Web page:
Chapter 9. GLTF/GLB format

We now have a graphics engine capable of generating and displaying 3D models. However, it uses its own model format (XML files). Of course, it would be great to use other (standard) 3D formats as well, that can be downloaded from the Internet.

After some research I settled on GLTF/GLB (GL Transfer Format, GLB is just a binary form) which looks like the main today's choice. It can handle 3D model geometry, materials and textures, as well as animations, and is widely supported by various 3D editors, including Blender.

The topic is quite complex, so I had to resort to the tinygltf, a beautiful compact header-only library by Syoyo Fujita. It converts GLTF (GLB) file into JSON structure.

For my part, I added a set of related classes to engine/gltf, that are responsible for parsing and converting these JSON data into GL readable/renderable form - into VBOs, EBOs, VAOs, and so on, including new shaders for skinned mesh animations.

Download current project from GitHub link:

This is how it looks like:

Pretty realistic, isn't it? Plus it is ANIMATED:

The car and Marlboro pack are from previous chapters, while the man is a nicely built animated GLB model by 360SMS.

This is how it is called in TheApp::getReady():

    int rootNodeN = GLTFparser::loadModel(&sceneSubjs, NULL, NULL, filesRoot + "/dt/models/people/999_oldman.glb", "", pPBar);
    GLTFparser::loadAnimations(filesRoot + "/dt/models/people/999_oldman.glb", pPBar);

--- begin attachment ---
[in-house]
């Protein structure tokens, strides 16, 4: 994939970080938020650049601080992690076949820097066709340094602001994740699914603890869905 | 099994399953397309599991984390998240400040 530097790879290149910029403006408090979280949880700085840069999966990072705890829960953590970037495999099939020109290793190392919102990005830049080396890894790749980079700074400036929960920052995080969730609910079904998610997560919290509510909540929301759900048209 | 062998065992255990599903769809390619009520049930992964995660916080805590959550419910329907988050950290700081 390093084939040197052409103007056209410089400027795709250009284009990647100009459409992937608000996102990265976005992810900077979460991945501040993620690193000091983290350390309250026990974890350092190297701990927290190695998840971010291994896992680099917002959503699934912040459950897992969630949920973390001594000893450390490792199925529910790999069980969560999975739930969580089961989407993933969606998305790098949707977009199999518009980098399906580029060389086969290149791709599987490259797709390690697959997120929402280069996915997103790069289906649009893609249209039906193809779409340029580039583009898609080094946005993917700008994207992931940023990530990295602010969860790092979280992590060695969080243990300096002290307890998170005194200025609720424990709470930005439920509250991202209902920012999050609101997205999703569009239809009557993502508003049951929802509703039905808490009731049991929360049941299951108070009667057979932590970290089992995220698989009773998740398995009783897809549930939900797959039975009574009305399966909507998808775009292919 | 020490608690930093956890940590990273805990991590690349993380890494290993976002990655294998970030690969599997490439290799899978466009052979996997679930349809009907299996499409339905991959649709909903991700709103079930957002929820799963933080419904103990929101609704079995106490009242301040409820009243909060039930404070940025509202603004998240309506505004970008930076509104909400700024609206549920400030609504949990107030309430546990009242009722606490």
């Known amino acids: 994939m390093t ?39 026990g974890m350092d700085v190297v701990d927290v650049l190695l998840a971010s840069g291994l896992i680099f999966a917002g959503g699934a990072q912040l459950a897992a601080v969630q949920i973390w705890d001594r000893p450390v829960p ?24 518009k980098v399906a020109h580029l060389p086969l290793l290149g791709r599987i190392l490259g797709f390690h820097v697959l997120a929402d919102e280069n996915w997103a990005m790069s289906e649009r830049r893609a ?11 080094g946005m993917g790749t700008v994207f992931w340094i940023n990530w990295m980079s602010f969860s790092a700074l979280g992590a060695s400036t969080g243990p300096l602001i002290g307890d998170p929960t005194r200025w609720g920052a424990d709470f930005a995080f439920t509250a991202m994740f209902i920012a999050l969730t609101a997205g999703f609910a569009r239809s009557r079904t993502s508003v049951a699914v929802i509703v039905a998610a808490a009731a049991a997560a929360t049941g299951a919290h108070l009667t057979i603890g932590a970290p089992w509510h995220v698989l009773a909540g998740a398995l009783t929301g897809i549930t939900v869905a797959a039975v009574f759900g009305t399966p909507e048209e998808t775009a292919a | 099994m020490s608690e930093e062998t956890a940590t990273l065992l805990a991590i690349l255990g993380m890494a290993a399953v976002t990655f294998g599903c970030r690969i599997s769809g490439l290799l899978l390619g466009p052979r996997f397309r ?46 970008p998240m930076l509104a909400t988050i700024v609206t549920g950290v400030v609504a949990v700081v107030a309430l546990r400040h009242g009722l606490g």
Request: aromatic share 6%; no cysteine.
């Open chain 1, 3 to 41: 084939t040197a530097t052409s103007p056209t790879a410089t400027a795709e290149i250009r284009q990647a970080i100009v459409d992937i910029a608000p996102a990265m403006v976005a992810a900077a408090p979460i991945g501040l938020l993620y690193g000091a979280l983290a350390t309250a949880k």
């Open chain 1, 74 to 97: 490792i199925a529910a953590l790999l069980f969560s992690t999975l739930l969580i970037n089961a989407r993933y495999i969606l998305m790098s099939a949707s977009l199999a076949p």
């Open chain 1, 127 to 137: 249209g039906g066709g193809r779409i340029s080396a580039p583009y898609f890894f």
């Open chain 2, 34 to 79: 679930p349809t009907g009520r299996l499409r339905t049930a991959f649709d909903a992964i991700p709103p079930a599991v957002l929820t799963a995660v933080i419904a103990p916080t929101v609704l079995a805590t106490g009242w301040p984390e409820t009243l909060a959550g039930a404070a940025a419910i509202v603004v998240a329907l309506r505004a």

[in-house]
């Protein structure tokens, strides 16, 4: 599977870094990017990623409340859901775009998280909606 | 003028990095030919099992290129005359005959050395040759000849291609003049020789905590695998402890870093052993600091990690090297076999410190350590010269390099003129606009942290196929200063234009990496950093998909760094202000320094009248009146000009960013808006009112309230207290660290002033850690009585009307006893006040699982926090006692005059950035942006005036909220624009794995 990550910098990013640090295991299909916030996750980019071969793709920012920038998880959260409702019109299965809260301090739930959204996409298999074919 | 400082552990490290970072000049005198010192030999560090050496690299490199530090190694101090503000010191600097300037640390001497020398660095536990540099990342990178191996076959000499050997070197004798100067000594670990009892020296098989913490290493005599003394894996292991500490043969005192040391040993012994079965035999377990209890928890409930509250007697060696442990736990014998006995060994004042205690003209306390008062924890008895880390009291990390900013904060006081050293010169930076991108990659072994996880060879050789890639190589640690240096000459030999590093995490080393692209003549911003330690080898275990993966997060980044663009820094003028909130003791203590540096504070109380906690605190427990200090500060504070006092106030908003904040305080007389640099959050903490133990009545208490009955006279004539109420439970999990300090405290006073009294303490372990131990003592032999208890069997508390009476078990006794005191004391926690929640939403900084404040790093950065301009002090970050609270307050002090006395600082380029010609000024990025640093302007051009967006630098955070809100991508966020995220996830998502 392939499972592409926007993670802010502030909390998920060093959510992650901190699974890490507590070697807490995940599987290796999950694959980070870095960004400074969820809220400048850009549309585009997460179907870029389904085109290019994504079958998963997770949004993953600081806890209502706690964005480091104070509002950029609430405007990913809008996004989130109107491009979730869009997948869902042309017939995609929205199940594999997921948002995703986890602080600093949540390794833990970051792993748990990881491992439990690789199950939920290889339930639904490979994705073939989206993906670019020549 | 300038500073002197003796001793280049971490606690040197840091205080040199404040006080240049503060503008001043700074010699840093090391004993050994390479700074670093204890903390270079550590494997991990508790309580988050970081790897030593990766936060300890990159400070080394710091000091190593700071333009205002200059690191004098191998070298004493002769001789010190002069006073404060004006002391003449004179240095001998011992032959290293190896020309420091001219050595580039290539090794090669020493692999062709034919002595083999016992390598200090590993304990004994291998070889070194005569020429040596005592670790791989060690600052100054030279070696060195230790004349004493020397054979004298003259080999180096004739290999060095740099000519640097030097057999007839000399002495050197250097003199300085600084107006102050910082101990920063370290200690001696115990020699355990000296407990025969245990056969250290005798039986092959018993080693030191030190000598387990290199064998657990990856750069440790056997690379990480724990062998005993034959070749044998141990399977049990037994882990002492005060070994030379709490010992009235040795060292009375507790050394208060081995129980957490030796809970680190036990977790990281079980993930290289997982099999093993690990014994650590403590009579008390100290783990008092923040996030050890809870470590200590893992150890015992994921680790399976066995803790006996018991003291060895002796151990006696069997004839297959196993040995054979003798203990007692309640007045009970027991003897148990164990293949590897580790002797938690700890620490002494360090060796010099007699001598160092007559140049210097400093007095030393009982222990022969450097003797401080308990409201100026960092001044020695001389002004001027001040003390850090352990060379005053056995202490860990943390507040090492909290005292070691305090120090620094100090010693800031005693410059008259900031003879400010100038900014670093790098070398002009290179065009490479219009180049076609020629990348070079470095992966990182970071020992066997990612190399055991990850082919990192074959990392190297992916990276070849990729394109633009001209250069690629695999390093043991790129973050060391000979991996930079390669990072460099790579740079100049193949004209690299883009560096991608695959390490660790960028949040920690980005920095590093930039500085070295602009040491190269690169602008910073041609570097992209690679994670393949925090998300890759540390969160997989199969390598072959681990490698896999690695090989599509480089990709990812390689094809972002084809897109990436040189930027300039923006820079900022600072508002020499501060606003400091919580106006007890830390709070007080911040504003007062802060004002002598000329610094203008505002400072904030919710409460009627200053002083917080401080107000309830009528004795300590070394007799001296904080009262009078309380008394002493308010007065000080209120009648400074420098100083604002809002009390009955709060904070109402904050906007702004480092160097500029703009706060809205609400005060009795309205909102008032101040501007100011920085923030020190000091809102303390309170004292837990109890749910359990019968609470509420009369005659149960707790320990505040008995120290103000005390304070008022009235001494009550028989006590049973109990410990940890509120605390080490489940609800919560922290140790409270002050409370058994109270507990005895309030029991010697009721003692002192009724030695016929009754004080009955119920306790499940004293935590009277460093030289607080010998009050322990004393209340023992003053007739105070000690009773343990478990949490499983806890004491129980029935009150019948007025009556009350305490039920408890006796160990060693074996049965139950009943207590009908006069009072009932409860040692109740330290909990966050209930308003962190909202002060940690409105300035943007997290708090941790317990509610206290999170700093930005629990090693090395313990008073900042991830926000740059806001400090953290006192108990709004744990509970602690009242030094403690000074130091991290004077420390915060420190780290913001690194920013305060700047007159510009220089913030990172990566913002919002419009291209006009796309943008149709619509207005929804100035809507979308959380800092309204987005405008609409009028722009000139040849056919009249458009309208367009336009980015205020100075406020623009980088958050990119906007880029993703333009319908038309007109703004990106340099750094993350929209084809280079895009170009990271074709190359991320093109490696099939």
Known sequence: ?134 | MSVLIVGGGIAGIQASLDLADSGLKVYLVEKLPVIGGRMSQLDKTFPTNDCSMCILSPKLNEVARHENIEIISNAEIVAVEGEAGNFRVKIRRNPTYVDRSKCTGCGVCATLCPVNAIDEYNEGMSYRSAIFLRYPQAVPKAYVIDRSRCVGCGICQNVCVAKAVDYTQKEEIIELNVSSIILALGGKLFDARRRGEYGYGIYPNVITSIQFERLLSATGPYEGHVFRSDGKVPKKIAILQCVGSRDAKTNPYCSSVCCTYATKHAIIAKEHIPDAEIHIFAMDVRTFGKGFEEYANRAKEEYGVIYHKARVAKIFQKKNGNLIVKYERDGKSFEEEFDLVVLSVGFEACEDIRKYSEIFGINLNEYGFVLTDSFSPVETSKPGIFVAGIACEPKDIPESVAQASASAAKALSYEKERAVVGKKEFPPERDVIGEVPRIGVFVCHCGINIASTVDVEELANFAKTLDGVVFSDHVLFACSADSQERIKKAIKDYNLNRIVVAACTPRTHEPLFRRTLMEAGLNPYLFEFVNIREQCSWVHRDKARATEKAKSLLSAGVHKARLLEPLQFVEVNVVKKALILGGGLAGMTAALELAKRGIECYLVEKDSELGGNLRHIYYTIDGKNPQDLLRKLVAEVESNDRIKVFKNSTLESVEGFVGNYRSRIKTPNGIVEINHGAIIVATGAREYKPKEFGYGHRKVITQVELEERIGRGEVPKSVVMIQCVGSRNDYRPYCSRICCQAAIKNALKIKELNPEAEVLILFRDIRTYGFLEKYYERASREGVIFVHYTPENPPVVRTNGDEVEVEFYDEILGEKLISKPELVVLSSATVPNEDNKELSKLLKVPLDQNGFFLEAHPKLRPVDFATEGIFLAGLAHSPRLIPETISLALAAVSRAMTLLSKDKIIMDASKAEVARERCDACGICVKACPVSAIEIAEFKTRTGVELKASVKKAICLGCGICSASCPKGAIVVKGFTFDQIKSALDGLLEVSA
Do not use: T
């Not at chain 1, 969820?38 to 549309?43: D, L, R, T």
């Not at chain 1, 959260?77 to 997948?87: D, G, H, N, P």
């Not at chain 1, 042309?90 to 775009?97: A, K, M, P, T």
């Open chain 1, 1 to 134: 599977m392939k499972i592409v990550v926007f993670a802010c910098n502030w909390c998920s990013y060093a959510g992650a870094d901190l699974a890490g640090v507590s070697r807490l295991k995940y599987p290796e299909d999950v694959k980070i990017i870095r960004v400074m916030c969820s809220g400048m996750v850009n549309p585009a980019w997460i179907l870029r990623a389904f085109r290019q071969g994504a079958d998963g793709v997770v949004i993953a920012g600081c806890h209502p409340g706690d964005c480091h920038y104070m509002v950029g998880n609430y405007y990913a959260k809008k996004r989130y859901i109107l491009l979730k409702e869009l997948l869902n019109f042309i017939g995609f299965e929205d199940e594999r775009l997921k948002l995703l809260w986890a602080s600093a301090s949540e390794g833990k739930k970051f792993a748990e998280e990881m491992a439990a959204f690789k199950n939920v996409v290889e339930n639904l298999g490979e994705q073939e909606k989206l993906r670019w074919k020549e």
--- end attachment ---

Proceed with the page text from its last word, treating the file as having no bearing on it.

pSS =;
    v3set(pSS->ownCoords.pos, -4, pTable->groundLevel, 0);
    pSS->ownCoords.setEulerDg(0, -30, 0);
    GLTFnode* pN0 = (GLTFnode*) + 1);
    GLTFnode::startAnimation(pN0, 0, 2); // 2-back-and-forth

First 2 lines are loading the model and animation, the last 2 lines - assigning the animation to the model and starting it.

Another important addition here is an engine/TheTable class, which describes the "game table" or game space (world), the rectangular area where all the action will ultimately take place. It helps to calculate visible/renderable area, which allows to calculate the best reasonable z-buffer depth for rendering and for shadow mapping. Functions:

  • Camera::reset(..)
  • Shadows::resetShadowsFor(..)

However, there is one problem: the huge file size. This sample has 2.5 MB (which is actually not that much compared to other models). So I doubt I'll use them often. Although having such an option certainly won’t hurt..

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